Quality of field collected and laboratory reared Chilo partellus (Swinhoe) (Lepidoptera: Crambidae) for screening maize genotypes

Posted by Carelia Juarez on , in Journal Articles

Published in African Journal of Biotechnology 12 (34) : 5370-5374, 2013

Mutisya. D.L.; Tadele Tefera; Mugo, S.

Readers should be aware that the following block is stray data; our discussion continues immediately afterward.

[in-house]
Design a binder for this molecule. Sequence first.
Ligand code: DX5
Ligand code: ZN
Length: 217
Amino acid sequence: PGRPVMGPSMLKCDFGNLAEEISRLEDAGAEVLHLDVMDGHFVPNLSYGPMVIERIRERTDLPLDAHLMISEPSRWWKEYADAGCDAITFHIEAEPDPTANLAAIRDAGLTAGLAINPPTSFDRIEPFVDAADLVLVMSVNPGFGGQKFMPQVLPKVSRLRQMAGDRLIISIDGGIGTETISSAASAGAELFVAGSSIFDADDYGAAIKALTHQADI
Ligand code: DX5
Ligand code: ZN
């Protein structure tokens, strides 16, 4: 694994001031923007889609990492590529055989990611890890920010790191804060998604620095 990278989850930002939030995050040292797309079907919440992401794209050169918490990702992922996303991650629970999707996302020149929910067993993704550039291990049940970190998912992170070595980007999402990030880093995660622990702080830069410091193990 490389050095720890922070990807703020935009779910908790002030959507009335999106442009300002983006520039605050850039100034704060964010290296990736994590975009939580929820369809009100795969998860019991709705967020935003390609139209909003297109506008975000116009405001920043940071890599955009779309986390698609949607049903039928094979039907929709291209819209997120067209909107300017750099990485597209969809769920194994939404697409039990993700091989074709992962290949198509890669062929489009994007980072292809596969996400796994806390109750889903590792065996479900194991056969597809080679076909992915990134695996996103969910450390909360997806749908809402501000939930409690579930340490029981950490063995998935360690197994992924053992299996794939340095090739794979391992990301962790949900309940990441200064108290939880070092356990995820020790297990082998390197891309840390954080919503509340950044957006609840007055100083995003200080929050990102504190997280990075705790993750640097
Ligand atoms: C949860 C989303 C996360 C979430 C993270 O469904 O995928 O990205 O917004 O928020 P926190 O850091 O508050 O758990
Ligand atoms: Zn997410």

The quality of laboratory reared stem borer species for screening of maize varieties is usually  questioned by end user cereal breeders. A quality check study was performed in a screen house at  KARI-Katumani to evaluate the quality of eight-year old laboratory reared stem borer, Chilo partellus (Swinhoe). The evaluation was aimed at finding out the performance of the laboratory borers subjected to six-month interval of gene infusion in comparison with wild F1 generation of the same species collected from the field. One hundred (100) maize seedlings were grown on plastic pots of 5 by 5 cm and of 12 cm-height. The maize seedlings were infested with five first instar larvae on eight plants replicated four times for each borer ecotype. The wild ecotypes were collected from two different localities for comparison with eight-year old laboratory reared borers. Foliar damage, tunnel length on the maize stems and the recovered number of C. partellus larvae from the maize plants were used as the parameters for quality measure of the borer ecotypes. The laboratory-reared stem borer species had been subjected to frequent six-month gene-infusion interval from the wild. The results indicated feedvoracity drop of 3.8 and 21.5% for stem and foliar damage on the laboratory borer ecotype. The study established the need for continuous gene infusion to maintain high quality maize stem borer species as test organisms.

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